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“Only buy something that you’d be perfectly happy to hold if the market shut down for 10 years.”

— Warren Buffett

The Warren Buffett investment philosophy calls for a long-term investment horizon, where a ten year holding period, or even longer, would fit right into the strategy. How would such a strategy have worked out for an investment into Molson Coors Beverage Co (NYSE: TAP)? Today, we examine the outcome of a ten year investment into the stock back in 2012.

Start date: 02/16/2012


End date: 02/15/2022
Start price/share: $45.10
End price/share: $49.52
Starting shares: 221.73
Ending shares: 276.86
Dividends reinvested/share: $13.81
Total return: 37.10%
Average annual return: 3.20%
Starting investment: $10,000.00
Ending investment: $13,704.78

As shown above, the ten year investment result worked out as follows, with an annualized rate of return of 3.20%. This would have turned a $10K investment made 10 years ago into $13,704.78 today (as of 02/15/2022). On a total return basis, that’s a result of 37.10% (something to think about: how might TAP shares perform over the next 10 years?). [These numbers were computed with the Dividend Channel DRIP Returns Calculator.]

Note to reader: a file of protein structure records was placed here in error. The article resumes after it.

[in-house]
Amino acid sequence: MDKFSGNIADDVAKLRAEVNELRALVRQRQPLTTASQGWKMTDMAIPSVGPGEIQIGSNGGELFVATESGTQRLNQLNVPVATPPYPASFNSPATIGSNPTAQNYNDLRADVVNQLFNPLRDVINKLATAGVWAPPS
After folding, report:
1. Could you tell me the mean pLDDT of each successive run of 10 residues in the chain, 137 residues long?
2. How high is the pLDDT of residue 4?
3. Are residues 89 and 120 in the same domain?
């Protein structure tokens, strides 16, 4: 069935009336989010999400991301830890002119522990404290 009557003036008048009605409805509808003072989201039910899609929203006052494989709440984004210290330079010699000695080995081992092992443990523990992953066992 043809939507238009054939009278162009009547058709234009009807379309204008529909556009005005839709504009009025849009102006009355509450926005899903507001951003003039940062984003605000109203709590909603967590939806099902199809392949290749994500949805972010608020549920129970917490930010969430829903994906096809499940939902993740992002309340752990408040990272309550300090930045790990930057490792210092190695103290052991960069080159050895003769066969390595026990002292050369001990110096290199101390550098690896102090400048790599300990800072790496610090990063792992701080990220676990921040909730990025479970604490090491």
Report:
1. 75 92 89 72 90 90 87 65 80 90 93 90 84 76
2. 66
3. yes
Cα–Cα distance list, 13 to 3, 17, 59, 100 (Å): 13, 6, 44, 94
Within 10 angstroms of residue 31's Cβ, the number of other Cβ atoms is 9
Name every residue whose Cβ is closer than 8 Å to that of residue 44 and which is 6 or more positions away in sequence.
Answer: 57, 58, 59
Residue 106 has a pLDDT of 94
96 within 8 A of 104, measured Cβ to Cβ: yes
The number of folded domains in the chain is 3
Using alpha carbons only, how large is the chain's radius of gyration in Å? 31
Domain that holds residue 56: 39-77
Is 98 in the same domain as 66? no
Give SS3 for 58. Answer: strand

Notice that Molson Coors Beverage Co paid investors a total of $13.81/share in dividends over the 10 holding period, marking a second component of the total return beyond share price change alone. Much like watering a tree, reinvesting dividends can help an investment to grow over time — for the above calculations we assume dividend reinvestment (and for this exercise the closing price on ex-date is used for the reinvestment of a given dividend).

Based upon the most recent annualized dividend rate of 1.36/share, we calculate that TAP has a current yield of approximately 2.75%. Another interesting datapoint we can examine is ‘yield on cost’ — in other words, we can express the current annualized dividend of 1.36 against the original $45.10/share purchase price. This works out to a yield on cost of 6.10%.

More investment wisdom to ponder:
“If you don’t study any companies, you have the same success buying stocks as you do in a poker game if you bet without looking at your cards.” — Peter Lynch